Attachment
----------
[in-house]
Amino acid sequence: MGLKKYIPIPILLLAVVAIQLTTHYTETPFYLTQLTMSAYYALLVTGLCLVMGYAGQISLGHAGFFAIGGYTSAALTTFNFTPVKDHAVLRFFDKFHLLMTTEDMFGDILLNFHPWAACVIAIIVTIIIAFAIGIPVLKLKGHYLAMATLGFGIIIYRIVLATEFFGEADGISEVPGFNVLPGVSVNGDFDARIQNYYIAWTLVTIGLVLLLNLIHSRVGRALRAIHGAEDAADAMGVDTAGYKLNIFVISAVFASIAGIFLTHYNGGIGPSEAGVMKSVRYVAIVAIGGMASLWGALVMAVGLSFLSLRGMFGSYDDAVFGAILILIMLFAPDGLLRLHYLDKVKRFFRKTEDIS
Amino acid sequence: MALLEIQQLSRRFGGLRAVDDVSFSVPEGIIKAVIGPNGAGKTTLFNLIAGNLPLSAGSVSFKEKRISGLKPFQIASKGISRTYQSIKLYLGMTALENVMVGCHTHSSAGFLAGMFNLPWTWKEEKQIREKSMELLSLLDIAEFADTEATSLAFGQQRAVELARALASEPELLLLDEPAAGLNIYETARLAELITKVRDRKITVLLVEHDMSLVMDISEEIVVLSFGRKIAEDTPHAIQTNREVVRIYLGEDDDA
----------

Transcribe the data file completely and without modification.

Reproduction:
[in-house]
Amino acid sequence: MGLKKYIPIPILLLAVVAIQLTTHYTETPFYLTQLTMSAYYALLVTGLCLVMGYAGQISLGHAGFFAIGGYTSAALTTFNFTPVKDHAVLRFFDKFHLLMTTEDMFGDILLNFHPWAACVIAIIVTIIIAFAIGIPVLKLKGHYLAMATLGFGIIIYRIVLATEFFGEADGISEVPGFNVLPGVSVNGDFDARIQNYYIAWTLVTIGLVLLLNLIHSRVGRALRAIHGAEDAADAMGVDTAGYKLNIFVISAVFASIAGIFLTHYNGGIGPSEAGVMKSVRYVAIVAIGGMASLWGALVMAVGLSFLSLRGMFGSYDDAVFGAILILIMLFAPDGLLRLHYLDKVKRFFRKTEDIS
Amino acid sequence: MALLEIQQLSRRFGGLRAVDDVSFSVPEGIIKAVIGPNGAGKTTLFNLIAGNLPLSAGSVSFKEKRISGLKPFQIASKGISRTYQSIKLYLGMTALENVMVGCHTHSSAGFLAGMFNLPWTWKEEKQIREKSMELLSLLDIAEFADTEATSLAFGQQRAVELARALASEPELLLLDEPAAGLNIYETARLAELITKVRDRKITVLLVEHDMSLVMDISEEIVVLSFGRKIAEDTPHAIQTNREVVRIYLGEDDDA